From Christendom to Globalism

News: Commentary
by Trey Blanton  •  ChurchMilitant.com  •  December 21, 2021   

Germany no longer heralds Christ

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At Christmas Mass in the Vatican, Pope Leo III ushered in a new era as the year A.D. 800 came to an end. The pope crowned Charles the Great, also known as Charlemagne, protector of Christendom and emperor of the newly created Holy Roman Empire.

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Pope Leo III and Charles the Great

Europe had fallen into disarray after the fall of the Roman Empire in the West. Petty kings carved up the continent, while the Eastern Roman Empire, based in Constantinople, focused on threats from Eastern Europe (particularly the Bulgarians) and Asia.

The papacy often contended with warring tribes and the kings of Lombard in order to protect the Papal States, wherein the popes ruled as the highest authority — though not without facing the machinations of powerful Italian families. Pope Leo III even had to flee to Charlemagne's protection after surviving an assault by Roman citizenry. Although popes occupied the Chair of St. Peter, local rulers often attempted to dictate the practice of the Faith.

Charlemagne is known today as a Frankish king but his realm, through inheritance and conquest, encompassed most of modern-day Western Europe (his capital was located in Aachen, in present-day Germany). He was also the grandson of Charles "The Hammer" Martel, who defended the Frankish kingdoms from an Islamic incursion, smashing the forces of Abd al-Rahman at the Battle of Tours in 732.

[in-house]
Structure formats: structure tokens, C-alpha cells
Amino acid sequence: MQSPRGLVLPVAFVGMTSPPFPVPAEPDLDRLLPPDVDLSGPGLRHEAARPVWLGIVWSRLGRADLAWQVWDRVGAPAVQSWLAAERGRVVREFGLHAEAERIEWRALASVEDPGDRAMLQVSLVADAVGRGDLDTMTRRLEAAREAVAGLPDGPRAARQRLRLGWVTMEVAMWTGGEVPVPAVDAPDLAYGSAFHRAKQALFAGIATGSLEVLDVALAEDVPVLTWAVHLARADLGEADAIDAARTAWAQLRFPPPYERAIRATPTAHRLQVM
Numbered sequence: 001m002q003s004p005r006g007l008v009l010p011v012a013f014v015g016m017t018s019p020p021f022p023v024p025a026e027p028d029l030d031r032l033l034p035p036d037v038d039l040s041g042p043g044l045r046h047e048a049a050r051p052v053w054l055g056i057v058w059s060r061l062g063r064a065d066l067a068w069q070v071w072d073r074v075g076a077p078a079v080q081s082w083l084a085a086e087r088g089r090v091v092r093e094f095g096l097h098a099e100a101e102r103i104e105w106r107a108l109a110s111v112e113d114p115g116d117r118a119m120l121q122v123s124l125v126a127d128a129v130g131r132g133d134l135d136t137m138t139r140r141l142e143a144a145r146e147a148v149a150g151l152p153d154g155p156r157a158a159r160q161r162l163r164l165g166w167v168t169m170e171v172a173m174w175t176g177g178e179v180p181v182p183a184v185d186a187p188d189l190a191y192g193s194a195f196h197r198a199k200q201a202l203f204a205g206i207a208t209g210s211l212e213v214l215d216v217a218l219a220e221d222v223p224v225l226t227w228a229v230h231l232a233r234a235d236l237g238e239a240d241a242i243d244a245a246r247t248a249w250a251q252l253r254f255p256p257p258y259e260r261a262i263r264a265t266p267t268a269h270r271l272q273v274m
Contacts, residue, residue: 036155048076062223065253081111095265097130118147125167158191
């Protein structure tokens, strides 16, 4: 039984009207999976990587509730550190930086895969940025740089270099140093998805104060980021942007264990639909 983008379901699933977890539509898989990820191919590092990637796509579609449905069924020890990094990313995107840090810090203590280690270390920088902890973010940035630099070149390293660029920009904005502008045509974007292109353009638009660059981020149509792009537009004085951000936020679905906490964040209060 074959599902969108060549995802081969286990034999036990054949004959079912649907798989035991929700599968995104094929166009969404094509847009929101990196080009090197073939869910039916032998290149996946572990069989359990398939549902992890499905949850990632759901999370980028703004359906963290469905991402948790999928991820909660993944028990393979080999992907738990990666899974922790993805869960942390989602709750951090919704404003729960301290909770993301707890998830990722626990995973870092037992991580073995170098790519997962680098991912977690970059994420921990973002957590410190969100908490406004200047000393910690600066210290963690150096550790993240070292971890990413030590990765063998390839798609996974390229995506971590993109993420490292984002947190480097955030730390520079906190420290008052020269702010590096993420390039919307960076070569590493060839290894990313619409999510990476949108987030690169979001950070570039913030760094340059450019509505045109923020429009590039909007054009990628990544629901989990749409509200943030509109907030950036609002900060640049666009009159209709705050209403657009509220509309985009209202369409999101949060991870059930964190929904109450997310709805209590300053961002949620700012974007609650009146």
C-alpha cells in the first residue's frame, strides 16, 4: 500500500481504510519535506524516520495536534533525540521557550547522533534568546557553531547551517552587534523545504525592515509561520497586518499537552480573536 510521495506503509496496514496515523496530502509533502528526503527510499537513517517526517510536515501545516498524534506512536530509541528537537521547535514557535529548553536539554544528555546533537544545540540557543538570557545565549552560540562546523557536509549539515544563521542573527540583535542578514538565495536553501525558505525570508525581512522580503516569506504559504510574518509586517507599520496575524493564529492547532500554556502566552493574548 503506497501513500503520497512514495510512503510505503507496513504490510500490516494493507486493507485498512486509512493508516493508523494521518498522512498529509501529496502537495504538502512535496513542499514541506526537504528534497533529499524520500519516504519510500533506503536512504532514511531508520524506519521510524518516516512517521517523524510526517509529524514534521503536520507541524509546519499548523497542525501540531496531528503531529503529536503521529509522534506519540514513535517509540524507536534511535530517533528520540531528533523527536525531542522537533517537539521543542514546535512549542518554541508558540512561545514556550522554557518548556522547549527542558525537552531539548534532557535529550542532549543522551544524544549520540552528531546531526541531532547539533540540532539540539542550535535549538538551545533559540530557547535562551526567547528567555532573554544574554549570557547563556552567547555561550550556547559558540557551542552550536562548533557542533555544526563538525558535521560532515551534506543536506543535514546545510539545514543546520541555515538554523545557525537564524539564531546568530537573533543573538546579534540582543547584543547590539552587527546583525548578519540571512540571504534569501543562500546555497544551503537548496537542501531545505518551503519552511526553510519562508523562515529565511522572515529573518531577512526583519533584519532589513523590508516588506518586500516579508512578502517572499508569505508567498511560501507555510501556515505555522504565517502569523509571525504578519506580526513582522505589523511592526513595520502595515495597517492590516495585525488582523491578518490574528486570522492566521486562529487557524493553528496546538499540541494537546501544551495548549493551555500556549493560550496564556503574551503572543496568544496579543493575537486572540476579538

Clergymen were united in the practice of the Faith, and educational and moral training were strictly enforced.

Many of Charlemagne's military expeditions were against pagan Saxons and Avars, many of whom were converted to Christianity after their defeat. Charlemagne also strengthened the institutions of the Church in his realm. Rather than hewing to localized disciplines, clergymen were united in the practice of the Faith, and educational and moral training were strictly enforced.

This partnership between Church and State allowed emperors to effectively rule their realms in the temporal sense, while the papacy, now protected from petty kings, exerted influence in the sphere of faith and morality. Popes did not dictate policy on taxes, war or justice. Instead, they helped ensure each action was guided by morality.

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King Alfred the Great of Wessex

The moral influence of Christianity on how realms were governed began to transform the pagan world into one where, under Catholic rulers like King Alfred the Great (the ancestor of many English kings), women are said to have had even more rights than under the later (Protestant) queen Elizabeth I.

The rejection of monarchy hurt Europe. But it was also a rejection of the Catholic Church and its role in the world that degraded society to the point we find ourselves in today. Under democratic governments, leaders follow the whims of the masses — while exploiting their own positions to gain global control. Such leaders may believe in no god, in pagan gods or even that they themselves are "gods."

In Germany, the descendants of Charlemagne's Christian kingdom have been conquered by their ancient enemies — with the help of Germany's Catholic Church.